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Saudi Arabia executes record 81 people in one day for terrorism-related offences
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Saudi Arabia executes record 81 people in one day for terrorism-related offences

Saudi Arabia said Saturday it had executed a record 81 people in one day for terrorism-related offences, exceeding the total number killed last year and sparking criticism from rights activists.

All had been “found guilty of committing multiple heinous crimes”, the official Saudi Press Agency (SPA) reported, saying they included convicts linked to the Islamic State group, Al-Qaeda, Yemen’s Huthi rebel forces or “other terrorist organisations”.

The wealthy Gulf country has one of the world’s highest execution rates, and has often carried out previous death sentences by beheading.

Those executed had been sentenced over plotting attacks in the kingdom — including killing “a large number” of civilians and members of the security forces, the SPA statement read.

“They also include convictions for targeting government personnel and vital economic sites, the killing of law enforcement officers and maiming their bodies, and planting land mines to target police vehicles,” the SPA said.

“The convictions include crimes of kidnapping, torture, rape, smuggling arms and bombs into the kingdom,” it added.

Of the 81 people killed, 73 were Saudi citizens, seven were Yemeni and one was a Syrian national.

‘Strict and unwavering stance’SPA said all those executed were tried in Saudi courts, with trials overseen by 13 judges, held over three separate stages for each individual.

“The kingdom will continue to take a strict and unwavering stance against terrorism and extremist ideologies that threaten stability,” the news agency added.

Saudi Arabia has been the target of a series of deadly shootings and bombings since late 2014 carried out by IS group extremists.

The kingdom is also leading a military coalition that has been fighting in Yemen since 2015 against Iran-backed Huthi rebels, who have in turn launched strikes on Saudi Arabia.

But the executions sparked condemnation from Britain-based campaign group Reprieve.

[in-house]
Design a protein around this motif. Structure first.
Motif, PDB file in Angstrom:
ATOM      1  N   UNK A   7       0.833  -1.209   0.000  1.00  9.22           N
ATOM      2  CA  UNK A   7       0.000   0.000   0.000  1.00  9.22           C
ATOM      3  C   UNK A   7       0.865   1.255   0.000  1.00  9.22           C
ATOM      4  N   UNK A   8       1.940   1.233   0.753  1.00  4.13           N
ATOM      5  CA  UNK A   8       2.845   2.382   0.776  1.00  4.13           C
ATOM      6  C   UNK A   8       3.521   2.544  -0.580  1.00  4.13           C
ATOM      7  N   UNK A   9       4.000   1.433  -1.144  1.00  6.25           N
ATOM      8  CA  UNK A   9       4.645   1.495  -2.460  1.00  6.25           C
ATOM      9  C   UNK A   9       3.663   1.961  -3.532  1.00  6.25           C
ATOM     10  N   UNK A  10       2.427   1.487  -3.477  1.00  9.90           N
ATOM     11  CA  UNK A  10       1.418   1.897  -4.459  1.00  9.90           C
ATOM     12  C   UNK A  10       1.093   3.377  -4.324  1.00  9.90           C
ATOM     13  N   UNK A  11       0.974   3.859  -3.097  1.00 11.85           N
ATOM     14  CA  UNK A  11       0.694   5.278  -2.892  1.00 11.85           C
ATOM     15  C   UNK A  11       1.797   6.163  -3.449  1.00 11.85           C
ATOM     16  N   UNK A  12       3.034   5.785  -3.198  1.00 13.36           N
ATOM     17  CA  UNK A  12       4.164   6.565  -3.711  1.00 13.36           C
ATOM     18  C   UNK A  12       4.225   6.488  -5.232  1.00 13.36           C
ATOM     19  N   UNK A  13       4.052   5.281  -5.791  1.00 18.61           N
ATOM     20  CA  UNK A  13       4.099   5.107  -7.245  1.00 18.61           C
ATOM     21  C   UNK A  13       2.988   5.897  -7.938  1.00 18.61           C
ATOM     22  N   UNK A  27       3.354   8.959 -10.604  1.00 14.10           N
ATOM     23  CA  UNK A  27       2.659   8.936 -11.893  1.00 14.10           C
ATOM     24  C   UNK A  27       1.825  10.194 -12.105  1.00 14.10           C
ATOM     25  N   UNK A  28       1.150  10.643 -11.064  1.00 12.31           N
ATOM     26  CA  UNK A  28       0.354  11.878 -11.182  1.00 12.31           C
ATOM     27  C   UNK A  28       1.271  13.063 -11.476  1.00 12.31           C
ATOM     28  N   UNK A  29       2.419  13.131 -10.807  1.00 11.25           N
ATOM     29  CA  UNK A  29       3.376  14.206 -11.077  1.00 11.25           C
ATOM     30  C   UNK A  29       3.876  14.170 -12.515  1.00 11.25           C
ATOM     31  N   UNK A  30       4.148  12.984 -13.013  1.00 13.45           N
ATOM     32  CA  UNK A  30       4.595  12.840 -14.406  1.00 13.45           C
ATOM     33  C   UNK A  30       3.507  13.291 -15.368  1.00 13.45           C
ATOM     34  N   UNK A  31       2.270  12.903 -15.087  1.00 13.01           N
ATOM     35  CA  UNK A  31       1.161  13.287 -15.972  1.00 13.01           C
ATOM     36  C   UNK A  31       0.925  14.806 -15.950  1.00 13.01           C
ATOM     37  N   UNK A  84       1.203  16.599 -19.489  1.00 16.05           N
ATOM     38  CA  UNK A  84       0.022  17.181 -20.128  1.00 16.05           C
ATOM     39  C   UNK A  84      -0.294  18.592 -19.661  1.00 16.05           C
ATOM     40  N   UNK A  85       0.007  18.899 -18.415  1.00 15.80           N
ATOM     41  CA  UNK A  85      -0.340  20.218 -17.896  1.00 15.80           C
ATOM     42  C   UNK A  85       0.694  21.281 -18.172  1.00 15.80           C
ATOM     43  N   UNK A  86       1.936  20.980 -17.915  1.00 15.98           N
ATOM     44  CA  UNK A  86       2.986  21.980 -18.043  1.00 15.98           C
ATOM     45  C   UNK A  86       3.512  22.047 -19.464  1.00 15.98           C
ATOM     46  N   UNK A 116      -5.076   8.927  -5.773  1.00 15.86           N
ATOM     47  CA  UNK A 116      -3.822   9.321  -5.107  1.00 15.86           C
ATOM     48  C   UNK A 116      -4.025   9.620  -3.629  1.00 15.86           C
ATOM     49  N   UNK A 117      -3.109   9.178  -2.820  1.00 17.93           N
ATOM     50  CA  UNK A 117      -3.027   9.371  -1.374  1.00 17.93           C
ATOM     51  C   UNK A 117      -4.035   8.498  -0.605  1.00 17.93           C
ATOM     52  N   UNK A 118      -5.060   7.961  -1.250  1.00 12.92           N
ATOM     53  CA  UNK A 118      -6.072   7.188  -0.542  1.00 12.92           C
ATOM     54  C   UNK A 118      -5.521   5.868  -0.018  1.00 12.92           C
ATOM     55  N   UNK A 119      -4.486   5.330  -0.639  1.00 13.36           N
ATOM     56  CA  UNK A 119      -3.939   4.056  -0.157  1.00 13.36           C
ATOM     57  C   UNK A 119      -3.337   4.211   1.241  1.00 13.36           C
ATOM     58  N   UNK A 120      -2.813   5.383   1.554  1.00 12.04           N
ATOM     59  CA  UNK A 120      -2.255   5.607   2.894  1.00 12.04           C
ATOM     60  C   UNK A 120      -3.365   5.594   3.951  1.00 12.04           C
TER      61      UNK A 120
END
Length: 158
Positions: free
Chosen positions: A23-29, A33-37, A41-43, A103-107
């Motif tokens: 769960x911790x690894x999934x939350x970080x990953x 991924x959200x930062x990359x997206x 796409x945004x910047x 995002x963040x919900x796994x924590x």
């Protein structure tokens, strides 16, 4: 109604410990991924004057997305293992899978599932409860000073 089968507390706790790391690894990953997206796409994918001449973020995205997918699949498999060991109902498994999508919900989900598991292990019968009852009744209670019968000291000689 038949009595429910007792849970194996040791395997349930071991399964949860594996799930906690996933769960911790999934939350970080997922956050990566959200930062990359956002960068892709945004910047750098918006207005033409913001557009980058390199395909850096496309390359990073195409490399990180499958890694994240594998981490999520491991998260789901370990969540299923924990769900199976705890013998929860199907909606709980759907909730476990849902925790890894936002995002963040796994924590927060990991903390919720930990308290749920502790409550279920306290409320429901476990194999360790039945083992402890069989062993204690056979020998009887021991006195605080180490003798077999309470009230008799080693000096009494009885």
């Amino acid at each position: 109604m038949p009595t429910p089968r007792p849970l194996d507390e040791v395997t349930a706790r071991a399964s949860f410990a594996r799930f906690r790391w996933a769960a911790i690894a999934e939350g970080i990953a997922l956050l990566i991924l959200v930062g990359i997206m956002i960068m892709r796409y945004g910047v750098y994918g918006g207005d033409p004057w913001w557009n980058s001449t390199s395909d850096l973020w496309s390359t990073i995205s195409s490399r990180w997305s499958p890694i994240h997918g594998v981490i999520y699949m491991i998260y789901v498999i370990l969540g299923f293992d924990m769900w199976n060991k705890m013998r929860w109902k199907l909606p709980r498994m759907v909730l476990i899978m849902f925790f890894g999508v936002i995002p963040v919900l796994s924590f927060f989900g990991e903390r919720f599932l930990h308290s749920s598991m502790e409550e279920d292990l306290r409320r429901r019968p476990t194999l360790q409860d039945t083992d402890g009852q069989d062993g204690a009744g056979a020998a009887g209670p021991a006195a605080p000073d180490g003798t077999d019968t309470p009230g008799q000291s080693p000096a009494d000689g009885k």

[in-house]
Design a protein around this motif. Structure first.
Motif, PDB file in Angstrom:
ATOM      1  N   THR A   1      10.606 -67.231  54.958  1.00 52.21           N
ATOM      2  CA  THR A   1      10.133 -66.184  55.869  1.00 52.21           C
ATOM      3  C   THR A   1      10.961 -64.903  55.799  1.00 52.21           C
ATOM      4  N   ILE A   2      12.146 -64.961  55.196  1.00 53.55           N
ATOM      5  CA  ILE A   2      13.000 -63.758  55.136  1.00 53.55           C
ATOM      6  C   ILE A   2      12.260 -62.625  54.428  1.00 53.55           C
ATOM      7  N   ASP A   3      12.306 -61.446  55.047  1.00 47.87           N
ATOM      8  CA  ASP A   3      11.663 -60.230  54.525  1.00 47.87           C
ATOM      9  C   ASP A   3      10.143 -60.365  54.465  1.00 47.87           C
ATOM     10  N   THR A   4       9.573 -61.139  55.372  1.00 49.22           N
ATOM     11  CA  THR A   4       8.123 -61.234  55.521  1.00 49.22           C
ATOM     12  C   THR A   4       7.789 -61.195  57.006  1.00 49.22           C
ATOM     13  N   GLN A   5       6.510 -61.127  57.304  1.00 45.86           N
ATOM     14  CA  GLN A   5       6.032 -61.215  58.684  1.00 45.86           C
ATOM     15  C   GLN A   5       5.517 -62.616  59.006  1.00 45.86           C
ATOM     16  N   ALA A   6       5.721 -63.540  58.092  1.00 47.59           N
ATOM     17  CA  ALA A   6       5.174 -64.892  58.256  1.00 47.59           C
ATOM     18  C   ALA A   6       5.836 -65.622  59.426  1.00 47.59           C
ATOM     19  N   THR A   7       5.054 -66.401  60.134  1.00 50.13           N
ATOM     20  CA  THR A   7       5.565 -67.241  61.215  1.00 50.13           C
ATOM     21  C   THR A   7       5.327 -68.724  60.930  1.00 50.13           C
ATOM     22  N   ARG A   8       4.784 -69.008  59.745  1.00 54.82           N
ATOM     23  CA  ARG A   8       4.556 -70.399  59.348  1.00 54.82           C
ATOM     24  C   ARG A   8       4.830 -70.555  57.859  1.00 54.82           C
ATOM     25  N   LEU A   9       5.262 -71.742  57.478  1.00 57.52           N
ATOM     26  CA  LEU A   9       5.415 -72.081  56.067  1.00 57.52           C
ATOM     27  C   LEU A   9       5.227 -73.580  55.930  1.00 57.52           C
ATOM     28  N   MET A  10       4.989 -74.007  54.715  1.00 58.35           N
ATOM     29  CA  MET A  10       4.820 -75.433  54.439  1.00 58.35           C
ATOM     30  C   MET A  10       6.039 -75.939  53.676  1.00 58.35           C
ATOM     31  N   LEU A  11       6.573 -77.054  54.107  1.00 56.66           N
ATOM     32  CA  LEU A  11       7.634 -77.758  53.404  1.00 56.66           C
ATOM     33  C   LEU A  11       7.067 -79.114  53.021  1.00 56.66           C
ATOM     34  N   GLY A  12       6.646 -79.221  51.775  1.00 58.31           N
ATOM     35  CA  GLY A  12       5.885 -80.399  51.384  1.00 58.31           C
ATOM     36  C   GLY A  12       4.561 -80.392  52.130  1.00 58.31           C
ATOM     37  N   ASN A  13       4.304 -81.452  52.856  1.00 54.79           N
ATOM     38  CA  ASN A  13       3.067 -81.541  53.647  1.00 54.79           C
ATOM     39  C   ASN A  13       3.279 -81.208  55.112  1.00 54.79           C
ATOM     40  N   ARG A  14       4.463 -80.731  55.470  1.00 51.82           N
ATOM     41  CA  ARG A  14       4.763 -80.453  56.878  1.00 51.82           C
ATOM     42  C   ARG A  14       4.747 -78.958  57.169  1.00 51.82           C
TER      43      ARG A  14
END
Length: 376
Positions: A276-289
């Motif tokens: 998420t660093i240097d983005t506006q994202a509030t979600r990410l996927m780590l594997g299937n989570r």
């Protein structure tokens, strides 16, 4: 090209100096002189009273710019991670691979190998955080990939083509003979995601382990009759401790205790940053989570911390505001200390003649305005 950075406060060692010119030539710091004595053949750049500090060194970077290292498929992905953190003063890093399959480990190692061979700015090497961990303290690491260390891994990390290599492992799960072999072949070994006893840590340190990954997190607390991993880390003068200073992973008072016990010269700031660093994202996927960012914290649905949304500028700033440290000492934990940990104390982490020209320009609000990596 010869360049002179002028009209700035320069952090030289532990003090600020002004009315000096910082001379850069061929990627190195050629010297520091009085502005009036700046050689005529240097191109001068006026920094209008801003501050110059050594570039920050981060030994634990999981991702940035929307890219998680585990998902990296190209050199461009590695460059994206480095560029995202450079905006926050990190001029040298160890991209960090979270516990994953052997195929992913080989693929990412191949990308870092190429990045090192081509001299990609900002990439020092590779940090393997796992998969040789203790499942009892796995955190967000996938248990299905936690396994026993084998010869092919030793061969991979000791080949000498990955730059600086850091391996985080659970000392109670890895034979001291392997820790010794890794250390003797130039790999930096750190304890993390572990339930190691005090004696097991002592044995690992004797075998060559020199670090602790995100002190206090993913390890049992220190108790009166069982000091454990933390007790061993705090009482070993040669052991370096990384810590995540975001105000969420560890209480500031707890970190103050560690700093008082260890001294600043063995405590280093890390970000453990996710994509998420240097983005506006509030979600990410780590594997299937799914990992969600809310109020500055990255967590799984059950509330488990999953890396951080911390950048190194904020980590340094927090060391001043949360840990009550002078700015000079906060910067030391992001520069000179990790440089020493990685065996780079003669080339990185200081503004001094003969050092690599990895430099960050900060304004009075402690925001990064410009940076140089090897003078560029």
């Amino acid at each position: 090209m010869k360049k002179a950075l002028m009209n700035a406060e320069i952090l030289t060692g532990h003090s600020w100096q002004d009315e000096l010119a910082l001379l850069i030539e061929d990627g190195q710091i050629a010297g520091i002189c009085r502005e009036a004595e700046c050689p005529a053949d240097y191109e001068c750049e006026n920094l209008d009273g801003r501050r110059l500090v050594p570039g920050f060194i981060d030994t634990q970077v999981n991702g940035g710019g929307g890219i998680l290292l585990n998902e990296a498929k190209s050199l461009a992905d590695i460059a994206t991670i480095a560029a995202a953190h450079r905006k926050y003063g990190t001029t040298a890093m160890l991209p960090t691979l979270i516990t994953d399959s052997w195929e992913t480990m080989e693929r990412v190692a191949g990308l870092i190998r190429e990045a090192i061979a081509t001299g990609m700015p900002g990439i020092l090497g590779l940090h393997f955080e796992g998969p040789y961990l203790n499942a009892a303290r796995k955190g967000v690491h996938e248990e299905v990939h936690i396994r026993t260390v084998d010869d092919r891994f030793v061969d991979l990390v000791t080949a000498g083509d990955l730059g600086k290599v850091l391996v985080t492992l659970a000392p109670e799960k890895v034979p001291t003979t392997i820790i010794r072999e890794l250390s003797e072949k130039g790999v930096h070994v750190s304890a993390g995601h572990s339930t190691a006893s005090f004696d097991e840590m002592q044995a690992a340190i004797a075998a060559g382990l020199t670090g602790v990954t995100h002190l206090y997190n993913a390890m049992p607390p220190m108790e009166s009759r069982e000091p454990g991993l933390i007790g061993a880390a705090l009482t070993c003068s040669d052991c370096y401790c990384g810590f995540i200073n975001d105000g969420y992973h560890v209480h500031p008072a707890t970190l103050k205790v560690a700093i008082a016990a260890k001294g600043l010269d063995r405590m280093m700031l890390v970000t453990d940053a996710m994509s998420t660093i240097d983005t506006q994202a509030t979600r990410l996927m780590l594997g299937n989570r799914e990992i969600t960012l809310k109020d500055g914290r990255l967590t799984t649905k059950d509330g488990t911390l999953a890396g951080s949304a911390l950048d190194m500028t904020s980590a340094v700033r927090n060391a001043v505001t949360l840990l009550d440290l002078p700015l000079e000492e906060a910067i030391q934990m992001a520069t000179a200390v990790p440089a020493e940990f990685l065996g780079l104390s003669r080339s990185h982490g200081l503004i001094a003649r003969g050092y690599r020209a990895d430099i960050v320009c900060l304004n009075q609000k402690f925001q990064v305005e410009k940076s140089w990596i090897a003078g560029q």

“Just last week the Crown Prince (Mohammed bin Salman) told journalists he plans to modernise Saudi Arabia’s criminal justice system, only to order the largest mass execution in the country’s history,” Reprieve said.

“There are prisoners of conscience on Saudi death row, and others arrested as children or charged with non-violent crimes. We fear for every one of them following this brutal display of impunity.”

Saturday’s announcement of 81 deaths marks more than the total of 69 executions in all of 2021.

Up until Saturday, Saudi Arabia in 2022 had executed 11 people convicted of various crimes, according to an AFP tally based on official announcement. This brings the total executed so far this year to 92.

Around 50 countries worldwide continue to use the death penalty.

In 2020, 88 percent of all 483 reported executions took place in just four countries: Iran, with 246, followed by Egypt with 107, Iraq with 45, and then Saudi Arabia, which carried out 27 that year, according to Amnesty International.

Death row for teenage crimeThe executions on Saturday were announced a day after the release of Saudi blogger and human rights activist Raif Badawi, who had been sentenced to 1,000 lashes and 10 years’ prison on charges of insulting Islam.

But Badawi, who received only 50 lashes before the punishment was halted following global condemnation, is now subject to a 10-year travel ban, officials confirmed to AFP on Saturday.

It means the 38-year-old is unable to rejoin his wife Ensaf Haidar and their three children in Canada, where they fled following his arrest.

In recent years, Saudi has announced a series of reforms concerning sentences, including a moratorium on the death penalty for drug offences, as well as abolishing court-ordered floggings.

In April 2020, the kingdom also announced it was ending the death penalty for those convicted of crimes committed when they were under 18.

On Saturday, a rights group and relatives of a Saudi man sentenced to death when he was a minor said he had been taken to hospital after going on hunger strike and collapsing.

Abdullah al-Howaiti, who was just 14 when he was arrested in 2017 on charges of armed robbery and killing a police officer, was first sentenced to death in 2019, with the verdict upheld last month in a retrial.

“Abdullah has gone on hunger strike and has been hospitalised after collapsing,” Reprieve said.

(AFP)

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